New call-to-action

5. Support a Culture of Safety

Supporting a culture of safety in hospitals fosters an environment where every staff member feels responsible for patient safety. In a safety-oriented culture, staff are encouraged to report errors and near-misses without fear of retribution, leading to a more open, transparent, and proactive approach to identifying and resolving safety issues.

This openness not only helps in learning from mistakes but also in implementing systemic changes to prevent future incidents. Moreover, a safety-first culture emphasizes continuous education and training, ensuring that all staff members are up to date with the latest safety protocols and best practices.

6. Proper Safety Rounds

Proper safety rounds are a critical practice in hospitals for enhancing patient safety. These rounds involve systematic, regular checks by healthcare professionals to assess and address potential safety hazards in patient care areas.

By conducting these rounds, staff can proactively identify and rectify issues such as equipment malfunctions, medication errors, or environmental risks before they result in harm to patients. Safety rounds also provide an opportunity for direct interaction between hospital leadership and frontline staff, fostering open communication and immediate feedback on safety concerns. This direct engagement not only boosts staff morale by demonstrating a commitment to safety from the top down but also allows for the swift implementation of corrective measures.

Furthermore, safety rounds are instrumental in reinforcing safety protocols and standards among staff, ensuring that everyone is consistently following best practices. They also serve as an educational tool, keeping staff updated on new policies, procedures, and equipment. Most importantly, these rounds demonstrate to patients and their families that the hospital is actively committed to maintaining a safe environment, which can increase their trust and confidence in the care provided from private equity hospitals.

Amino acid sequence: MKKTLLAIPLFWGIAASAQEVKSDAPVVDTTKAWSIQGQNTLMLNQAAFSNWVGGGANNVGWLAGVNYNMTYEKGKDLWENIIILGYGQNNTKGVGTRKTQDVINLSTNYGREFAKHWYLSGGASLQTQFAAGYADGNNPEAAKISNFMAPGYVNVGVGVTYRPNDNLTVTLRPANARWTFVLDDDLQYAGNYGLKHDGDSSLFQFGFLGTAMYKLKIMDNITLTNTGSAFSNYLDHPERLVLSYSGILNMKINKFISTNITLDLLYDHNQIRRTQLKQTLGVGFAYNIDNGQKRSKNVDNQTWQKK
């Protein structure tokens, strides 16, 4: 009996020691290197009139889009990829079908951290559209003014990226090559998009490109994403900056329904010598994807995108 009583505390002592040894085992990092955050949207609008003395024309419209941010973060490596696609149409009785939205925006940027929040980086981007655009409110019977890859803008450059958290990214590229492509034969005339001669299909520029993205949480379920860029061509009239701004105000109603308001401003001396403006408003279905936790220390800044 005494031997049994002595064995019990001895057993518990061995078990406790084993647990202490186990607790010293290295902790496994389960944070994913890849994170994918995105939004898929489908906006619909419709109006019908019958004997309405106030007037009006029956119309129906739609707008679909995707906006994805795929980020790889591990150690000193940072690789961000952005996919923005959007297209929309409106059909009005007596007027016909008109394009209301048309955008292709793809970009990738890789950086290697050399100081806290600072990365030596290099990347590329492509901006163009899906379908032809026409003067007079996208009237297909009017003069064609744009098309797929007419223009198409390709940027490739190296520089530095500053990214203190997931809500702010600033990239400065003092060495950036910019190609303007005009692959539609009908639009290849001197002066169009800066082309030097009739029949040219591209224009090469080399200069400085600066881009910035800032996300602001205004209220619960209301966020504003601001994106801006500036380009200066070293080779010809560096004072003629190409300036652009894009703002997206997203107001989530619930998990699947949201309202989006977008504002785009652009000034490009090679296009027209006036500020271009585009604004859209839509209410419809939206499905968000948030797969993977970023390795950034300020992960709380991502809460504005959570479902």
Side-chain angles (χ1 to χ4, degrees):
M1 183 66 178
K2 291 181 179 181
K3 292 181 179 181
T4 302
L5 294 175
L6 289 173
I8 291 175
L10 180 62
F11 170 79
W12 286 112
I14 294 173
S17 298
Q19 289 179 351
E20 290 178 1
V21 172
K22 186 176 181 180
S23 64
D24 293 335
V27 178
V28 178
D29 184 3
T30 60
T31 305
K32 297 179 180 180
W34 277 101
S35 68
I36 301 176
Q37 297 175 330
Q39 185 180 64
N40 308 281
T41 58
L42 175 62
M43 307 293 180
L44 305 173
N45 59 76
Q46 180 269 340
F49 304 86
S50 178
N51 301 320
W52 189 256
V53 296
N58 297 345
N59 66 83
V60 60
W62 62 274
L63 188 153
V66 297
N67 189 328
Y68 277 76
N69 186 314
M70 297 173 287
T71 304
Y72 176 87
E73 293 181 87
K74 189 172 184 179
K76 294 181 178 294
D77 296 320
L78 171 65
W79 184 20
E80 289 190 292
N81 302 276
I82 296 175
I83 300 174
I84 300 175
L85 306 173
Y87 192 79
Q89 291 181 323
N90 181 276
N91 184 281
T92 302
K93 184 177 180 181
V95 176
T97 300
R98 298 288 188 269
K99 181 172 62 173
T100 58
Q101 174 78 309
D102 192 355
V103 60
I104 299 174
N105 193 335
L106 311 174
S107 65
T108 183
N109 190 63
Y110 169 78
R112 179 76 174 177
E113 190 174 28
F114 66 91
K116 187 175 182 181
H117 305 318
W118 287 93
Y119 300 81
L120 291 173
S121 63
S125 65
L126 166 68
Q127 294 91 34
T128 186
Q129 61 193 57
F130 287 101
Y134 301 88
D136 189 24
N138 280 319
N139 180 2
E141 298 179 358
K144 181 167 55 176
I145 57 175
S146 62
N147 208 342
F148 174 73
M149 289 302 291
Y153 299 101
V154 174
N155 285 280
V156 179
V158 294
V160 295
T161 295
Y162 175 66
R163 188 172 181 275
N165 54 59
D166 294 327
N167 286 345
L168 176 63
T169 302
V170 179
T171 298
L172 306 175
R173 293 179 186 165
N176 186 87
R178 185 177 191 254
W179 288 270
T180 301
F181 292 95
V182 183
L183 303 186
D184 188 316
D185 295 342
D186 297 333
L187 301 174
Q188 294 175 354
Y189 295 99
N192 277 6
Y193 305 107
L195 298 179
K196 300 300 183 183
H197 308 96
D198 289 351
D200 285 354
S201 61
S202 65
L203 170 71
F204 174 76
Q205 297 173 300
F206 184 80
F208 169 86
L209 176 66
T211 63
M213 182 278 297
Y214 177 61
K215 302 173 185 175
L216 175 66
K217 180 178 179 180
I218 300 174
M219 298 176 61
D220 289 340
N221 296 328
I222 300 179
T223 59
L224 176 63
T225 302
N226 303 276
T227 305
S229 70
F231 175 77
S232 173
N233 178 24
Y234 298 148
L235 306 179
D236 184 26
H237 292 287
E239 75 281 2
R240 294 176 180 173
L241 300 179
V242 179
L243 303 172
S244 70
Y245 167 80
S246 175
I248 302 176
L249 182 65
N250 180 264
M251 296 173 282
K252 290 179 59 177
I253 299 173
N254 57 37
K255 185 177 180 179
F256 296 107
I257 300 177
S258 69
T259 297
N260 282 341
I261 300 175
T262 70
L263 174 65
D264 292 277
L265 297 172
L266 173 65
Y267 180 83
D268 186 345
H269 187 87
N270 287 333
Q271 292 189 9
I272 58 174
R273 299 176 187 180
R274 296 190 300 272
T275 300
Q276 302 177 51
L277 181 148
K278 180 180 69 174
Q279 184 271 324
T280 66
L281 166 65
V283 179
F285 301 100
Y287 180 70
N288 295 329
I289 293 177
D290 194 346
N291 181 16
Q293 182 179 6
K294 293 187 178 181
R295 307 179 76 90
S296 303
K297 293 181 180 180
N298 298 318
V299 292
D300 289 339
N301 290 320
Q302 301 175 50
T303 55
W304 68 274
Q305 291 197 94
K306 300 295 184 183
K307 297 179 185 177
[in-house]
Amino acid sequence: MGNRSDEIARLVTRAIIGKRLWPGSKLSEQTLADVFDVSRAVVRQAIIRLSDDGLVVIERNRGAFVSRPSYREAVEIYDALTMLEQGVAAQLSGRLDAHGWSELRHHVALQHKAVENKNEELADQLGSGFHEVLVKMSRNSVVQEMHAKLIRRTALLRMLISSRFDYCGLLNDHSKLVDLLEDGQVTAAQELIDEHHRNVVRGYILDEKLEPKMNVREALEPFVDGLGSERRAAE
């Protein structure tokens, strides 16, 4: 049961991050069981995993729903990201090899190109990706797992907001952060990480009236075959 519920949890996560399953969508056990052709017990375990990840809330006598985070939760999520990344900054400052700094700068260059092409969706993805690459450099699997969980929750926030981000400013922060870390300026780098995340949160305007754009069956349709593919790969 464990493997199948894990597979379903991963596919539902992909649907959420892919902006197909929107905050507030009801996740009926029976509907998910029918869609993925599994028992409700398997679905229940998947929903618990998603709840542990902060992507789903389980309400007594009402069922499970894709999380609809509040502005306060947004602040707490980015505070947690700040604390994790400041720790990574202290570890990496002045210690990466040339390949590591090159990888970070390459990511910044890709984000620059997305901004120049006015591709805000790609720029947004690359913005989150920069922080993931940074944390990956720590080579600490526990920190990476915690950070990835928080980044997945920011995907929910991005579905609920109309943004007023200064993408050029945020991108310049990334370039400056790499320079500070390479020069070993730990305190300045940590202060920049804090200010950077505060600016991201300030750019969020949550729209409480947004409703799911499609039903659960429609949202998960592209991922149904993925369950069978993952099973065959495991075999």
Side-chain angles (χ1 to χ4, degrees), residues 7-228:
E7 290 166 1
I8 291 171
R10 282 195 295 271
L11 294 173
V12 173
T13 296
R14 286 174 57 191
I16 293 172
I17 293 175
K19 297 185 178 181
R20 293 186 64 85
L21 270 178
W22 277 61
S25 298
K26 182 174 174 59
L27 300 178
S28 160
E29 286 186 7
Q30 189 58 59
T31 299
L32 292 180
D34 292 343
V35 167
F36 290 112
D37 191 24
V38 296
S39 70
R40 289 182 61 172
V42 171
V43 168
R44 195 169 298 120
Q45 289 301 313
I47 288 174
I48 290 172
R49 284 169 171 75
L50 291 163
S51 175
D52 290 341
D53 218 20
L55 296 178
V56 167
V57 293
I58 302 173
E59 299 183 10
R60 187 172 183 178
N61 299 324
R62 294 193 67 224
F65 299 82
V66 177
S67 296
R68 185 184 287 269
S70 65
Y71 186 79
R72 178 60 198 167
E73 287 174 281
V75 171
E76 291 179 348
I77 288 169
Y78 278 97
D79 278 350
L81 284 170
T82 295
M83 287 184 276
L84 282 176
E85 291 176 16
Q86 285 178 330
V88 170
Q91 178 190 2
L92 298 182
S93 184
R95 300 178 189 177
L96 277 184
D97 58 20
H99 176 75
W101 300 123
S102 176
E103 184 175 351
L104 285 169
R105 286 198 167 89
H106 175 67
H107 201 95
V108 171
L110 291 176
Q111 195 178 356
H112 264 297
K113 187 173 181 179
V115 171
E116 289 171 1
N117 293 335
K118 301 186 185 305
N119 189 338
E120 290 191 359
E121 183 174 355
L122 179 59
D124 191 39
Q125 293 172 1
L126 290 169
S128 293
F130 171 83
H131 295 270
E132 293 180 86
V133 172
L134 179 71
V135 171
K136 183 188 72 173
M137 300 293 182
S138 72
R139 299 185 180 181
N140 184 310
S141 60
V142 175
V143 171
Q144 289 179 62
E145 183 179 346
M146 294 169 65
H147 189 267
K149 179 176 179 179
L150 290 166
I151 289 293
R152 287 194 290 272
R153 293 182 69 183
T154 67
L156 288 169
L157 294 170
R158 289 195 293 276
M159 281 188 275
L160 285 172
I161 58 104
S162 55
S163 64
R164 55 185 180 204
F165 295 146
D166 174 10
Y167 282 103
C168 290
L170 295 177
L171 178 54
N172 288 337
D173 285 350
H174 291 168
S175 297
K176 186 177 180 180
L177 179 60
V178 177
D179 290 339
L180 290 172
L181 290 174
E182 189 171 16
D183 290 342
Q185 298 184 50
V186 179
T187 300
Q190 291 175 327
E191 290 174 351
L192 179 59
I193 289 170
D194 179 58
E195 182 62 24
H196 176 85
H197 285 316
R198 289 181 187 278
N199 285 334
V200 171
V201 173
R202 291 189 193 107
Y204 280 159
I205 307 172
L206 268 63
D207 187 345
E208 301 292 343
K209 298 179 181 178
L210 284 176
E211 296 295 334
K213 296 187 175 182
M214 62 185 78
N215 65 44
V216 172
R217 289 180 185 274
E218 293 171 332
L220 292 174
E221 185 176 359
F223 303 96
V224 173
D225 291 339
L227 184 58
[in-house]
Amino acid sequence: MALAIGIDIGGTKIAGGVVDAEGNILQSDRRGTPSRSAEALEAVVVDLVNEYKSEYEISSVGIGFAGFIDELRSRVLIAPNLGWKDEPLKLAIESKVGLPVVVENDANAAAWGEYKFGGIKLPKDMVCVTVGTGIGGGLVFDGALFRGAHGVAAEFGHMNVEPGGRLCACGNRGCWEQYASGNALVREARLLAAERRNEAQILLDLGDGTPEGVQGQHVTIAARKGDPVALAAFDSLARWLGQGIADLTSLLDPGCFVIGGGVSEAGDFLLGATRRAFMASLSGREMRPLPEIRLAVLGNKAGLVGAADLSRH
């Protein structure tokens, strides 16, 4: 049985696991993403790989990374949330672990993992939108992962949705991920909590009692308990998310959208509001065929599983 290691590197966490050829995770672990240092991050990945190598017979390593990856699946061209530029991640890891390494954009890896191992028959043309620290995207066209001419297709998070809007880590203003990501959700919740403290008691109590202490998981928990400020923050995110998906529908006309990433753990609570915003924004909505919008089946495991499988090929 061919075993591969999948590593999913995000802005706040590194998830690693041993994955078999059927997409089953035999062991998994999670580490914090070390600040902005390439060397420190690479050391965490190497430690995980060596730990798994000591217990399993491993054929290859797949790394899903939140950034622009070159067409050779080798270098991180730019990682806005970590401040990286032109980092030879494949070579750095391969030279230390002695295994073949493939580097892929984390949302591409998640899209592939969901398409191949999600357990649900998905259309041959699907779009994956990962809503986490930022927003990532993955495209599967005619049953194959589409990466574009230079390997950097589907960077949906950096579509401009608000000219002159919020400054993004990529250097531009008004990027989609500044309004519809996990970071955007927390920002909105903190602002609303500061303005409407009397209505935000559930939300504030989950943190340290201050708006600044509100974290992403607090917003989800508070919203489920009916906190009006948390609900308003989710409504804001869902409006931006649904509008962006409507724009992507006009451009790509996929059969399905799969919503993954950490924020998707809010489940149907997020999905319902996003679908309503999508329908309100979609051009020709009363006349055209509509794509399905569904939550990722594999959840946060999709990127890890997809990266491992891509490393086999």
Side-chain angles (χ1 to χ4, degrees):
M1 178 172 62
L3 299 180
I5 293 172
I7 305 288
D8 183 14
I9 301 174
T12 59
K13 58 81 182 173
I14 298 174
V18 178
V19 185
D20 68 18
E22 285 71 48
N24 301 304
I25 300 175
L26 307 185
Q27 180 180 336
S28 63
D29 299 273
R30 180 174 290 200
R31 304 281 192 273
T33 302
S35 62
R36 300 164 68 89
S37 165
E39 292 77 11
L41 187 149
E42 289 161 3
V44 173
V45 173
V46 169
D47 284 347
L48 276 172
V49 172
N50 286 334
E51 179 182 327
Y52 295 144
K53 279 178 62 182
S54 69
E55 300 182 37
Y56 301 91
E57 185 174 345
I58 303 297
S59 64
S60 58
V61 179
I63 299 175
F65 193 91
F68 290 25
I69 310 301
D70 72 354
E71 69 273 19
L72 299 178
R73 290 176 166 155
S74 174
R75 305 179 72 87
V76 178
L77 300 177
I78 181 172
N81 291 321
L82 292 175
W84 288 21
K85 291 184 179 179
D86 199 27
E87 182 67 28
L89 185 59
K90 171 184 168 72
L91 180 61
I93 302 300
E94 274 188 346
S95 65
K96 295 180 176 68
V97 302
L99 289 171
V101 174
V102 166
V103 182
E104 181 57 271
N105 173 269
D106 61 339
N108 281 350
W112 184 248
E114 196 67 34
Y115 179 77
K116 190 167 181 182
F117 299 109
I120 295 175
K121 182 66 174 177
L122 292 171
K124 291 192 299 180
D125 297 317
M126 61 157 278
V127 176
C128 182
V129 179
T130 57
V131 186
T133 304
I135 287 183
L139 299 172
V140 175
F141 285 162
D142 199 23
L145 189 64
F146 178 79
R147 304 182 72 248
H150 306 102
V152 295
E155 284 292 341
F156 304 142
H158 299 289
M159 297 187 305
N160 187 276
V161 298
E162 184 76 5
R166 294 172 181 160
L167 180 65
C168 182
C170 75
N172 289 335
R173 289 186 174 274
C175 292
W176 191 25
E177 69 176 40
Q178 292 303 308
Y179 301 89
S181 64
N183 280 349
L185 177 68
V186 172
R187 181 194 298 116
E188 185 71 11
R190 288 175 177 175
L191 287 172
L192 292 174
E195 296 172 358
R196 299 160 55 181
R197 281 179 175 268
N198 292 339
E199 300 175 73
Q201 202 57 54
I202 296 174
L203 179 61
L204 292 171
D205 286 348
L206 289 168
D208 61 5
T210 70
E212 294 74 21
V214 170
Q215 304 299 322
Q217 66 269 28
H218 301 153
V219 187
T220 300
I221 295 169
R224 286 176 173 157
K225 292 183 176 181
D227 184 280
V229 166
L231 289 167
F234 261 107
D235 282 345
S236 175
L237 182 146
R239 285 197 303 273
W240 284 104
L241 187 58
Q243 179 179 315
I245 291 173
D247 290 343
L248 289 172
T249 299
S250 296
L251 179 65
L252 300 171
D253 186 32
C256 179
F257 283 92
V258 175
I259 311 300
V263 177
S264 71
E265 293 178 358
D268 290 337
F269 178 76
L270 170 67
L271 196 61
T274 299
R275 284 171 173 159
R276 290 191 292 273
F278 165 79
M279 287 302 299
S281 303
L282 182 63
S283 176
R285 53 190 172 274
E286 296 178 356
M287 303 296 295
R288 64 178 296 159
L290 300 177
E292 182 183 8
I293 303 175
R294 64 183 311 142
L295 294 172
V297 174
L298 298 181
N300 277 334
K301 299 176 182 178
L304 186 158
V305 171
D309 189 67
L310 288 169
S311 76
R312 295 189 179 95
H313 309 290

New call-to-action

7. Encourage Patient Engagement

Encouraging patient engagement in hospital settings is a pivotal strategy for improving patient safety. When patients are actively involved in their own care, they become valuable partners in the healthcare process. Engaged patients are more likely to ask questions, understand their treatment options, and communicate openly with their healthcare providers.

This active participation can significantly reduce the risk of medication errors, misdiagnoses, and other adverse events, as patients are more alert to potential discrepancies in their care.

Surveys show that 37% of patients want to be more proactive in their healthcare and 61% of patients want better patient engagement. Patient engagement also extends to involving family members and caregivers, who can provide additional support and oversight, especially for patients with limited ability to advocate for themselves.

Ready to Learn More?

Connect with our team to learn more about how Performance Health Partners’ software can help your organization enhance its patient safety goals.


Articles you may be interested in

PHP & Alliant Purchasing Form Landmark Partnership to Enhance Healthcare Safety

PHP & Alliant Purchasing Form Landmark Partnership to Enhance Healthcare Safety

Performance Health Partners, a leader in patient and employee safety software, and Alliant Purchasing, a national Group Purchasing Organization...

Read More
How Antibiotic Shortages Increase Medication Errors in Healthcare

How Antibiotic Shortages Increase Medication Errors in Healthcare

Recent reports underscore the widespread prevalence of antibiotic shortages, which precipitate significant disruptions in patient care. These...

Read More
Improving Nurse Safety in the Workplace: 4 RNs Weigh In

Improving Nurse Safety in the Workplace: 4 RNs Weigh In

There are more than five million nurses in the United States and a recent survey shows nearly a third of them are thinking of quitting. That would be...

Read More